An angry man stirreth up strife, and a furious man aboundeth in
transgression.
Ecclesiastes 7:9
Be not hasty in thy spirit to be angry: for anger resteth in the
bosom of fools.
Matthew 5:22
But I say unto you, That whosoever is angry with his brother
without a cause shall be in danger of the judgment: and whosoever
shall say to his brother, Raca, shall be in danger of the council:
but whosoever shall say, Thou fool, shall be in danger of hell
fire.

NOTE: All modern translations I can find, from the
American Standard Version (1901) on, except the
New King James Version, omit the words "without
a cause." This means that whoever is angry with his
brother (for any reason) is in danger of judgment.
The words "without a cause" seem to be a clerical
addition somewhere along the way in the Textus
Receptus, which is the basis for the King James and
the New King James versions. We certainly have a
good reason to hate our enemies, yet Jesus tells
us not to hate them, but to love them (Matthew
5:44). So whom, then, should we hate, if not our
enemies? Nobody! And that is the point. Neither
should we be angry with them, for any reason.


Ephesians 4:26
Be ye angry, and sin not: let not the sun go down upon your wrath:
(SEE EXPLANATION OF THIS VERSE, BELOW)
Titus 1:7
For a bishop must be blameless, as the steward of God; not
selfwilled, not soon angry, not given to wine, no striker, not
given to filthy lucre;


"Wrath"

Job 5:2
For wrath killeth the foolish man, and envy slayeth the silly one.
Job 19:29
Be ye afraid of the sword: for wrath bringeth the punishments of
the sword, that ye may know there is a judgment.
Job 36:13
But the hypocrites in heart heap up wrath: they cry not when he
bindeth them.
Psalms 2:12
Kiss the Son, lest he be angry, and ye perish from the way, when
his wrath is kindled but a little. Blessed are all they that put
their trust in him.
Psalms 37:8
Cease from anger, and forsake wrath: fret not thyself in any wise
to do evil.
Proverbs 12:16
A fool's wrath is presently known: but a prudent man covereth
shame.
Proverbs 14:29
He that is slow to wrath is of great understanding: but he that is
hasty of spirit exalteth folly.
Proverbs 19:19
A man of great wrath shall suffer punishment: for if thou deliver
him, yet thou must do it again.
Proverbs 21:24
Proud and haughty scorner is his name, who dealeth in proud wrath.
Proverbs 27:3
A stone is heavy, and the sand weighty; but a fool's wrath is
heavier than them both.
Proverbs 27:4
Wrath is cruel, and anger is outrageous; but who is able to stand
before envy?
Proverbs 29:8
Scornful men bring a city into a snare: but wise men turn away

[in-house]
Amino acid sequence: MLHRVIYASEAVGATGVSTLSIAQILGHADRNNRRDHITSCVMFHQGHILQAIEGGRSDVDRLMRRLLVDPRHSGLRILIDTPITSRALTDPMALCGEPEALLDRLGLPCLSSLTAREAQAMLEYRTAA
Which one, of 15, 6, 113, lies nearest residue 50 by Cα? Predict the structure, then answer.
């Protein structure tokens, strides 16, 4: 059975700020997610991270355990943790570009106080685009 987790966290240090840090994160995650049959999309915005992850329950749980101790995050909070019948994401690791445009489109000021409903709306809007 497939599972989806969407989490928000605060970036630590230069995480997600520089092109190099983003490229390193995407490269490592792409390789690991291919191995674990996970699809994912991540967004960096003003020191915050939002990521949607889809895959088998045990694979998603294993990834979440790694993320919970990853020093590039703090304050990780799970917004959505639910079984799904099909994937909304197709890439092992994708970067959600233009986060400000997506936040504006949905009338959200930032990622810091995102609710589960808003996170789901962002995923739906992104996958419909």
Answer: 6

wrath.
Proverbs 30:33
Surely the churning of milk bringeth forth butter, and the
wringing of the nose bringeth forth blood: so the forcing of wrath
bringeth forth strife.
Romans 2:8
But unto them that are contentious, and do not obey the truth, but
obey unrighteousness, indignation and wrath,
Romans 12:19
Dearly beloved, avenge not yourselves, but rather give place unto
wrath: for it is written, Vengeance is mine; I will repay, saith
the Lord.
Romans 13:5
Wherefore ye must needs be subject, not only for wrath, but also
for conscience sake.
Galatians 5:20
Idolatry, witchcraft, hatred, variance, emulations, wrath, strife,
seditions, heresies,
Ephesians 4:26
Be ye angry, and sin not: let not the sun go down upon your wrath:
(SEE EXPLANATION OF THIS VERSE, BELOW)
Ephesians 4:31
Let all bitterness, and wrath, and anger, and clamour, and evil
speaking, be put away from you, with all malice:
Colossians 3:8
But now ye also put off all these; anger, wrath, malice,
blasphemy, filthy communication out of your mouth.
1 Thessalonians 5:9
For God hath not appointed us to wrath, but to obtain salvation by
our Lord Jesus Christ,
1 Timothy 2:8
I will therefore that men pray every where, lifting up holy hands,
without wrath and doubting.
James 1:19
Wherefore, my beloved brethren, let every man be swift to hear,
slow to speak, slow to wrath:
James 1:20
For the wrath of man worketh not the righteousness of God.



WHAT ABOUT EPHESIANS 4:26 AND PSALMS 4:4?
Some people will cite Ephesians 4:26, and Psalms 4:4 as two Scriptures which (in some translations) appear to authorize us to be angry under some conditions. Some translations consider Ephesians 4:26a to be a direct quotation from Psalms 4:4a. Others make no connection between the two verses.
Most major Bible translations render Ephesians 4:26 something like this:

"Be angry, but do not sin. Do not let the sun set
on your wrath."

This follows the translation of the Latin Vulgate


Original Greek, Spelled Out In Roman Letters

ORGIZESTHE KAI ME AMARTANETE


Jerome's Translation Into Latin

irascimini et nolite peccare


Typical New Translation

Be angry, but do not sin


This translation may appear to say that anger is encouraged, so long as you do not sin; but this is an incorrect understanding of the meaning of the words.
The more correct meaning of Ephesians 4:26 is this, as the NIV has it: